At the end of the week the scouts having failed to discover any sign of the enemy, Anastacio determined to go down to the river in the valley for a fortnight's salmon fishing. He, too, was bored. The fangs of civilisation are long and tenacious.
It was on a brilliant winter's morning that Anastacio, his captives, and his five hundred men wound their way down through the cold forest on the mountain into the soft warm air of the valley. There had been no rain for three weeks, and the river was not more than half full; and it was very quiet. They camped on the bank, well away from the scattered groups of trees, that they might not lose a ray of sunshine; and Roldan and Adan forgot that they were under constant surveillance. There were no tents; they slept in the open air, the boys in the centre of a square of Indians. During the day they caught many fine salmon, and salted what they did not eat, to sell to the rancheros.
It was on the sixth night that Roldan, who was wakeful, suddenly raised himself on his elbow and listened intently. Far away, above the murmur of the river, the audible slumbers of the camp, he heard a low, precise, monotonous sound. He knew what it meant. For a moment he hesitated. The chances of escape seemed to grow less daily. It was true that he was in no danger, that he would eventually be restored to his parents--but with his adventures cut short. He was fond of his home, but it was always there, and he was keen for variety: his life had been very uneventful. On the other hand, if that advancing army conquered the Indians, might not his and Adan's captivity be far more distasteful than it was at present? He sprang up and called Anastacio. In a second that warrior was on his feet and had leaped over his alert sentinels into the square.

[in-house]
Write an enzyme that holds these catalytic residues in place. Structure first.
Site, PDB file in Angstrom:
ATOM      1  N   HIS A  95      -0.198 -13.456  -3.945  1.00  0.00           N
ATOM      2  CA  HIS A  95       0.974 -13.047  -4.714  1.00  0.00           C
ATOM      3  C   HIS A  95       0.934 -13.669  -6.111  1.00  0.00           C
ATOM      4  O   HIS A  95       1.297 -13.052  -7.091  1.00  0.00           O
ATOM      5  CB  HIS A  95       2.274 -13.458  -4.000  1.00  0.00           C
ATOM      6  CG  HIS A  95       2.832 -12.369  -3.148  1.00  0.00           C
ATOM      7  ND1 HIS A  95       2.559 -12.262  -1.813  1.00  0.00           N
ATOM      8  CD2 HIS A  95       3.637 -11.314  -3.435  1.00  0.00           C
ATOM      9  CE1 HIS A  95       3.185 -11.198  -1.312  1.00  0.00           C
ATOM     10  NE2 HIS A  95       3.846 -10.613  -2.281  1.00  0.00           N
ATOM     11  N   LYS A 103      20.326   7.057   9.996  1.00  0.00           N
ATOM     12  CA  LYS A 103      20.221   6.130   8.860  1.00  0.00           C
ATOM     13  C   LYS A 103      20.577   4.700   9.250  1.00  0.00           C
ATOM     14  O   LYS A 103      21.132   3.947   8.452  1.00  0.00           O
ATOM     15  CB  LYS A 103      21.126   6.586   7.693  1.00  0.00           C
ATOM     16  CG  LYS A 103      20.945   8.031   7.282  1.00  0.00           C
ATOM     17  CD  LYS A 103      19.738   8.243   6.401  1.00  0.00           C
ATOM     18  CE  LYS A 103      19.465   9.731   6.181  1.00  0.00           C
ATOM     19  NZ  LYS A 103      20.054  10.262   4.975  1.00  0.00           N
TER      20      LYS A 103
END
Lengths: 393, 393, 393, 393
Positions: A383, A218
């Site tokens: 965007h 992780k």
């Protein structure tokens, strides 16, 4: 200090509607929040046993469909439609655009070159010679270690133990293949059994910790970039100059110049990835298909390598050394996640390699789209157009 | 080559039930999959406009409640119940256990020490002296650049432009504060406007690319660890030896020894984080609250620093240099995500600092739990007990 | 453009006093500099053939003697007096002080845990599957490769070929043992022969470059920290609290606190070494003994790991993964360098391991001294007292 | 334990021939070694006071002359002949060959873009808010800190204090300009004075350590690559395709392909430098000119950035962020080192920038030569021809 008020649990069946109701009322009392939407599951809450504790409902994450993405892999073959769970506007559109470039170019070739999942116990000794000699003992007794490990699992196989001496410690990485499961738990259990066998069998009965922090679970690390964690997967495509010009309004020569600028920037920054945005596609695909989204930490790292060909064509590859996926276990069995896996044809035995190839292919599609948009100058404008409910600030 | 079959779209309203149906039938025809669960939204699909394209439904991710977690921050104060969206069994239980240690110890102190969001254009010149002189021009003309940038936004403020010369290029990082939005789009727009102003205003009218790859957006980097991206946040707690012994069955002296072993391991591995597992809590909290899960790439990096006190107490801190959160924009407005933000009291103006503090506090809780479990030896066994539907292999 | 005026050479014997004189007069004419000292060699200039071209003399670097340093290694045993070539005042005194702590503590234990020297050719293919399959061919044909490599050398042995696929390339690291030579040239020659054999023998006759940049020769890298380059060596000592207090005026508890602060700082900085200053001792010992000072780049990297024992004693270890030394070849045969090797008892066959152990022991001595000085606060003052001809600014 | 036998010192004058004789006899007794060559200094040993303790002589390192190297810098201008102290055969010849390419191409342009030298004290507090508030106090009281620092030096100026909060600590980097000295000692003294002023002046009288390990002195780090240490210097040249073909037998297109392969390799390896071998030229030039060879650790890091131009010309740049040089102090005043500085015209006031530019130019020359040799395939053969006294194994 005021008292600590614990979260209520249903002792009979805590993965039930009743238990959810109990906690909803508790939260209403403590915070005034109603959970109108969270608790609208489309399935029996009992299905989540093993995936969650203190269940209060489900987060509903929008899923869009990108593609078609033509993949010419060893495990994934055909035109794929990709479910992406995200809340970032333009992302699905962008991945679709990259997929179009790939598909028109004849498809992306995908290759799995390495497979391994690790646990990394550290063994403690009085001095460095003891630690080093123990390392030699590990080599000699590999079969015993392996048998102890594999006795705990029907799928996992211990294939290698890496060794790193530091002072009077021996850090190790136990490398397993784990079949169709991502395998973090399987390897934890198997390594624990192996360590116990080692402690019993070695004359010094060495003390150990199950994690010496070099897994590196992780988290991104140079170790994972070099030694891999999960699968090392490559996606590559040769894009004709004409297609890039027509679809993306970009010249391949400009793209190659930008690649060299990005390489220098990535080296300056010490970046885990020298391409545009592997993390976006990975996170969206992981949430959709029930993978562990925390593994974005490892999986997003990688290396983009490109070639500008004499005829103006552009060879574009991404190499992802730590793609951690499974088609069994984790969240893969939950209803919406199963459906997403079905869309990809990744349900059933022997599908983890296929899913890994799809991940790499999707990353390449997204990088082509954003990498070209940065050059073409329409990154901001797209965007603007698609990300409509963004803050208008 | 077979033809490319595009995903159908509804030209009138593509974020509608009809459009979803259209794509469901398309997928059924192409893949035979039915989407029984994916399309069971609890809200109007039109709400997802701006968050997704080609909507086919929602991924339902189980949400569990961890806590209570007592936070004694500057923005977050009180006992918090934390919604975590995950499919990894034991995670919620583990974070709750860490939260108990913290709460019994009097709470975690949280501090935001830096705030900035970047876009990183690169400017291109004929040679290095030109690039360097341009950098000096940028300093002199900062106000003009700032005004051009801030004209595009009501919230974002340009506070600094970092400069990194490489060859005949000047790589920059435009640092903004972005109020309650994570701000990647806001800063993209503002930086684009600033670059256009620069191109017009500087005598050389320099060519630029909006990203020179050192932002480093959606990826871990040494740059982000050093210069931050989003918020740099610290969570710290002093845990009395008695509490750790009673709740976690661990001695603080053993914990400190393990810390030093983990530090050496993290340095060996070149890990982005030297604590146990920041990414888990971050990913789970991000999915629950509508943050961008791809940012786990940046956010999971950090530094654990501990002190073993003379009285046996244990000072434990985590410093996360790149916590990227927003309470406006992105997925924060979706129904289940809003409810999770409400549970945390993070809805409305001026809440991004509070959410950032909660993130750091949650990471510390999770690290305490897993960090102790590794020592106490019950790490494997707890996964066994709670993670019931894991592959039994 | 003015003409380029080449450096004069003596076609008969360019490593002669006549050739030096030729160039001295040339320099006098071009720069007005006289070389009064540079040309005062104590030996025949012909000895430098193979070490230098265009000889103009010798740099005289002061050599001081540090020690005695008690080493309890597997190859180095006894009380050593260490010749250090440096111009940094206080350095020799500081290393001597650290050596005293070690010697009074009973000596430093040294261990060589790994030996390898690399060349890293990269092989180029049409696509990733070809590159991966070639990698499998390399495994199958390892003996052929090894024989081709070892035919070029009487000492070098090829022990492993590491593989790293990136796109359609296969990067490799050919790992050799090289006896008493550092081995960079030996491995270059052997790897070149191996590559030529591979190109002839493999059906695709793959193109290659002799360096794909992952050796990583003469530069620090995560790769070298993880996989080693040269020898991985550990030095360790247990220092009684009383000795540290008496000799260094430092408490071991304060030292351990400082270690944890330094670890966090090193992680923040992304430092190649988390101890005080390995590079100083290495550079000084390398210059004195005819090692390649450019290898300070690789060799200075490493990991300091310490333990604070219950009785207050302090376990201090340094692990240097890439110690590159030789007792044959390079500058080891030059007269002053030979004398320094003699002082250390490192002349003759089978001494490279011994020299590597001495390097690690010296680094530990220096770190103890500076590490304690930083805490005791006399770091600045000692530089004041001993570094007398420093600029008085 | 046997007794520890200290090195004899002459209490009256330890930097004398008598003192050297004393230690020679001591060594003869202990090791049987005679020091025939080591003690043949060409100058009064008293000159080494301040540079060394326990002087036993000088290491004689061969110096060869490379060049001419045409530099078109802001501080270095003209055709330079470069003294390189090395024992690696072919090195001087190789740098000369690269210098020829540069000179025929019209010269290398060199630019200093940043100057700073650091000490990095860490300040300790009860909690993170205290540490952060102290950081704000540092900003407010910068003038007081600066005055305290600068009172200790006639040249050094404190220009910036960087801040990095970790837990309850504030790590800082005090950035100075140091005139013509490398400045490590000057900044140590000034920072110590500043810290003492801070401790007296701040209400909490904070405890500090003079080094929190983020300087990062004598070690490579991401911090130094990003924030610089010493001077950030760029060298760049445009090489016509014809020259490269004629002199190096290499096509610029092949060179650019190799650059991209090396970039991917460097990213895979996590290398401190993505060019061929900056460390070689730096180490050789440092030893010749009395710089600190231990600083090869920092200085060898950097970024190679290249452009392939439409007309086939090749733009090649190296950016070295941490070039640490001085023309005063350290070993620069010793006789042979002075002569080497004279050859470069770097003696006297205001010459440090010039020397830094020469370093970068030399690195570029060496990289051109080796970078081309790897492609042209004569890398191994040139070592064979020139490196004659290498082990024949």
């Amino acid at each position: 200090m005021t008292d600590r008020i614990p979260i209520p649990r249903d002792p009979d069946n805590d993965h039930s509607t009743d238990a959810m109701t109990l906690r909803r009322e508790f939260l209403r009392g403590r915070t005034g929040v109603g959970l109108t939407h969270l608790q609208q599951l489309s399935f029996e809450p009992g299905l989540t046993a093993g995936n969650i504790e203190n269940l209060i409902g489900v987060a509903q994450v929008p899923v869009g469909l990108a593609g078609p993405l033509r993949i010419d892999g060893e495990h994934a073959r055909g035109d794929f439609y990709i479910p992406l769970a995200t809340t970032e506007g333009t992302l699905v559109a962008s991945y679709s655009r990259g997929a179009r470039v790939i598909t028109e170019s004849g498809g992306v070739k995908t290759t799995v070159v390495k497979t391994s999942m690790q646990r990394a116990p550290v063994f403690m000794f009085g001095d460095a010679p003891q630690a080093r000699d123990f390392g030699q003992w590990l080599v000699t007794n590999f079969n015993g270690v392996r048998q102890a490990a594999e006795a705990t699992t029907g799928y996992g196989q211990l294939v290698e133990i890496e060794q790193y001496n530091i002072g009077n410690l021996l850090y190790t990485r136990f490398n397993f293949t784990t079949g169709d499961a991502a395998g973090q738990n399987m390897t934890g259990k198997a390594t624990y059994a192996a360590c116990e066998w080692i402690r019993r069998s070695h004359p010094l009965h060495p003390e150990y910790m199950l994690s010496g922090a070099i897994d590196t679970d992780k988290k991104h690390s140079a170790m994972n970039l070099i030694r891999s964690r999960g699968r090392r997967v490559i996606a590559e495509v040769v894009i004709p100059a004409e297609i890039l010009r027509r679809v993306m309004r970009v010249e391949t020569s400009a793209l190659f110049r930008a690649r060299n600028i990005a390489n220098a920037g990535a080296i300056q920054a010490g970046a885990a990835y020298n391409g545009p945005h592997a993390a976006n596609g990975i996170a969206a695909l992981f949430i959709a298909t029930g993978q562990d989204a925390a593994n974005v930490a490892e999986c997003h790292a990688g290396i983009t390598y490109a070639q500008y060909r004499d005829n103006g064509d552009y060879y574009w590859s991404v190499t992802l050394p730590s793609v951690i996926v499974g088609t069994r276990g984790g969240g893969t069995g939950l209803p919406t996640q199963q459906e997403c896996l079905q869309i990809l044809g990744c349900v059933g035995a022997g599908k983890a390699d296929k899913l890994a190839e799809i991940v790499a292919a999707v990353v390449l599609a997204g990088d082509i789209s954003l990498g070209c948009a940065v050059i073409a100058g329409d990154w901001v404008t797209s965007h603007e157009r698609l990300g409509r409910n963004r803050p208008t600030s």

"What is it?" he demanded.
Anastacio threw himself full length and laid his ear to the ground. A moment later he was erect again. He caught Roldan by one shoulder and Adan by the other. By this time every Indian in the camp was pressing about his chief.
"They are not two miles away," said Anastacio. "And the dawn will be here in an hour. There are ten miles between us and the mountains. I don't wish to fight in the open without knowing their numbers."
Roldan danced up and down with sudden excitement. "I have a plan," he cried. "You can trust me. I don't want to go back."
Anastacio bent his keen malevolent eyes close above the young Spaniard's, then loosened his hold.
"Bueno," he said. "I trust you."
"The straw," said Roldan. "Bring it all here."
Anastacio gave the order, and an immense carreta of straw was trundled up.
"Now," said Roldan, "gather it into bunches the size of a man's head and tie each firmly. The tide is running toward the enemy, and it is too dark to see clearly. Do you understand, senor?"
Anastacio made a loud exclamation, caught Roldan in his arms and kissed. him, much to that haughty young gentleman's disgust, then tied the first bunch himself. Roldan, Adan, and some forty of the quicker Indians rapidly manipulated the straw, and in little more than ten minutes had cast a hundred round compact bundles into the hurrying tide. As they sailed away they certainly looked, under the heavy shadow of the banks and the black-blue of the sky, like an army of men swimming with the desperate haste of terror, their heads alone above water.
"Now!" cried Anastacio, "to the mountains."